Allison M.

A crossdresser's thoughts on life, fashion, fabulousness, and (oh yeah) dressing up


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A poem: “Staring Back At You”

Earlier this month, yours truly reviewed Queer Shorts: Spirit of Stonewall, which had its very last performance at the Bartell Theatre this afternoon.  In that review, I mentioned the backdrop Stage Q employed for this Queer Shorts edition.  It a basic setup of a black curtain bathed by projected lights from overhead.  The lights can change colors with the flip of a board switch, including the 6 colors of the LGBT rainbow.

More than the color of the curtain or the lights, there is something else about the backdrop that I found absolutely striking:  To match the “Spirit of Stonewall” theme of this last Queer Shorts, Stage Q included photos, mostly 8x10s, of various images from local and national LGBT history.  The photos were strung together in vertical arrays along the curtain, each pic about a foot apart.  You can see what I mean in the below image of the Queer Shorts cast Stage Q posted on Facebook prior to their second to last performance.

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Why we must keep going

By now, I hope you have read my previous two posts (found here and here) dedicated to the anniversary of a momentous event.  The Stonewall riots, which started 50 years ago this morning (June 28, 1969), were a significant milestone on the way toward respect and equality for those in the broad LGBT+ community.  For sure, today is a day to recognize where our community has come from, celebrate the rights we have earned, and remember the long and hard fight that connects then to now… and continues into the future.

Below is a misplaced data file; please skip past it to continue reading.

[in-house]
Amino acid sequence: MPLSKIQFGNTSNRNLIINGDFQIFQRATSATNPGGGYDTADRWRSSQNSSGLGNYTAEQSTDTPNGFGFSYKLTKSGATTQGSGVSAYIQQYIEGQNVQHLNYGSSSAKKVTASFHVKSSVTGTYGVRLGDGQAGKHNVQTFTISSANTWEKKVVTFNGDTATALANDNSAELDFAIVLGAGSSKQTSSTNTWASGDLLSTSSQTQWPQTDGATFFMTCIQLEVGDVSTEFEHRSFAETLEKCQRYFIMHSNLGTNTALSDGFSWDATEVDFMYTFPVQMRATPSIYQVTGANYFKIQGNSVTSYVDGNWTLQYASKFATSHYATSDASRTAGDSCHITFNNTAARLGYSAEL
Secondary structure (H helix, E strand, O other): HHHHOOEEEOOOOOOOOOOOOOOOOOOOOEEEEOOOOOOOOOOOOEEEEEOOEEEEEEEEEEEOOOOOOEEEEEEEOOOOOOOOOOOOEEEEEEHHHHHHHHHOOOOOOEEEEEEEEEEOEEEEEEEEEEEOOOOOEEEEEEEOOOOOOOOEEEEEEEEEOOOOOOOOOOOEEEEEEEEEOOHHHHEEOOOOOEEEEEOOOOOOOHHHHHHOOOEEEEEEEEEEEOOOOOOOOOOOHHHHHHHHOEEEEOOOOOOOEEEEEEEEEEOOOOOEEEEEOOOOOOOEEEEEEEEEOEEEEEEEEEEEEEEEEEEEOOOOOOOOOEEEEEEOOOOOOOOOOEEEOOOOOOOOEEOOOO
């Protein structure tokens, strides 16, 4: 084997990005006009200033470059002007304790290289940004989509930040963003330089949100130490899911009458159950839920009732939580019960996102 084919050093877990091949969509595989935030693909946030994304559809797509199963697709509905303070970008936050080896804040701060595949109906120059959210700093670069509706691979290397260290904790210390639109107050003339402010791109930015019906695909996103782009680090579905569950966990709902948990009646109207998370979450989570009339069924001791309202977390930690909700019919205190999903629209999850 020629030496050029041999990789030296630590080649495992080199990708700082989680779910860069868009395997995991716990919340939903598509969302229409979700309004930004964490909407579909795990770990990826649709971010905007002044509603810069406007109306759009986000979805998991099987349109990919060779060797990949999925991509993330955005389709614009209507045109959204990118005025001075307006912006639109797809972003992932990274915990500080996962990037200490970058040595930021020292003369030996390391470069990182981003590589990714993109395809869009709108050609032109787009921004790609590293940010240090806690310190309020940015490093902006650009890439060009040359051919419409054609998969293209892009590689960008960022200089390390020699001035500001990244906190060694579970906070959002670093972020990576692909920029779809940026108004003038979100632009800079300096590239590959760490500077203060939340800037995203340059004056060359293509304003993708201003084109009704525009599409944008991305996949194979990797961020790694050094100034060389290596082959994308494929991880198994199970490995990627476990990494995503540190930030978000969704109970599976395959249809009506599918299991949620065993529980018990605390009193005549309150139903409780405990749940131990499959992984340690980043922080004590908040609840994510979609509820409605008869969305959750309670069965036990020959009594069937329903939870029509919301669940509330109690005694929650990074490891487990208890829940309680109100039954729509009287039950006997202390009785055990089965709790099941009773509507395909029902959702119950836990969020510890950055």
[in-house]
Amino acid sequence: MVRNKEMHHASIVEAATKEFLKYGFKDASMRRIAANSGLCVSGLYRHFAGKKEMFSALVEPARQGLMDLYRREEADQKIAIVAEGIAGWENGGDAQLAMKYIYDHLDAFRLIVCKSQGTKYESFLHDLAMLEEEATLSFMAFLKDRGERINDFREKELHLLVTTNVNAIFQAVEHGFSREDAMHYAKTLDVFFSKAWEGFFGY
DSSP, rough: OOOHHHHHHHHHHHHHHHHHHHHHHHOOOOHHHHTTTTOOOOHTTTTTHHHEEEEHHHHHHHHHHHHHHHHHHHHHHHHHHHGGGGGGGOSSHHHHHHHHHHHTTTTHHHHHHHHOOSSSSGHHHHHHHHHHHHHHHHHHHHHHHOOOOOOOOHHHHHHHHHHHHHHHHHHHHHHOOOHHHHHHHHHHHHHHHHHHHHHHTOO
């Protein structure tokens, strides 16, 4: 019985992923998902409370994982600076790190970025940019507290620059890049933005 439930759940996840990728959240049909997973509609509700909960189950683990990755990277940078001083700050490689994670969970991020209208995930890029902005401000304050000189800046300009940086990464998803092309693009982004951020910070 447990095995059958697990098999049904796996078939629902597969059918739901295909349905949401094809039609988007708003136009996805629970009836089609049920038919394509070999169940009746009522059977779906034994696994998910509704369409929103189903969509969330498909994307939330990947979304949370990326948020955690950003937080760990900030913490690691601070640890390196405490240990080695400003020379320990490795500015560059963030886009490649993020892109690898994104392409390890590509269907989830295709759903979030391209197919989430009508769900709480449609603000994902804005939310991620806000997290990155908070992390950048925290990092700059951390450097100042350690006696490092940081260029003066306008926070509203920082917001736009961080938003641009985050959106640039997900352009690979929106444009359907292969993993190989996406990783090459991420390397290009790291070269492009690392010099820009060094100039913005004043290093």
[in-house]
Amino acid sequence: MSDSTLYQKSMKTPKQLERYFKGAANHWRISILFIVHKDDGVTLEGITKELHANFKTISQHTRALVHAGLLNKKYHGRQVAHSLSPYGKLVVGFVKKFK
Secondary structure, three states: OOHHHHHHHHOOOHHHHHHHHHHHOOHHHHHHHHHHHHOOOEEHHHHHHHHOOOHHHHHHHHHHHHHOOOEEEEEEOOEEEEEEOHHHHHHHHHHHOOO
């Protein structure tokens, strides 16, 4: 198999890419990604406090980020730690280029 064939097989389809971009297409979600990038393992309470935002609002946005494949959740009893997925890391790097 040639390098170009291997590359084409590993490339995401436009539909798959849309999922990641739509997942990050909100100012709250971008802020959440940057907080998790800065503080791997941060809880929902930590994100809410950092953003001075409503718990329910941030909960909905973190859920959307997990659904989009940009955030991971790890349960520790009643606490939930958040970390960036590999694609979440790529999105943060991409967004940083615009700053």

I need to bring up that aspect because as you are fully aware of, our LGBT+ community are still facing threats, even with our well-earned victories.  For every person who waives a rainbow flag, there is another wanting to tear it from their hands.  For every pride parade ready to step off, there is a group wanting to block us or wish us out of existence.  For every same-sex couple making their relationship legal, there is a legislator (and an entire political party) seeking to deny them that right.  And for every trans person wanting to display their true colors, and desiring to show the world that they are real human beings, there are those who only see them as deviant and disgusting.

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Queer Shorts rocks my world… one last time

Okay, now that you’ve seen how cute I looked last Friday night (June 14), let’s give some praise to the reason I went out in the first place…

Last Friday was a well-needed day off from my work assignment.  Having that day off would be serendipitous for me, as I put in a little bit of walking in the morning, a little bit of shopping at midday… and a little bit of theater in the evening.

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Poster art for Queer Shorts: Spirit of Stonewall (image source here)

If you’re a frequent reader of this blog, or at least an aficionado of Madison’s theater community, you’re probably familiar with Stage Q, a theater group dedicated to advancing the creative voices and stories of LGBTQ+ people here in Madison.  For the past 14 years, Stage Q’s cornerstone event has been Queer Shorts, a collection of queer-oriented (naturally) one-act plays, each united by a certain theme every year (e.g. love, remembrance).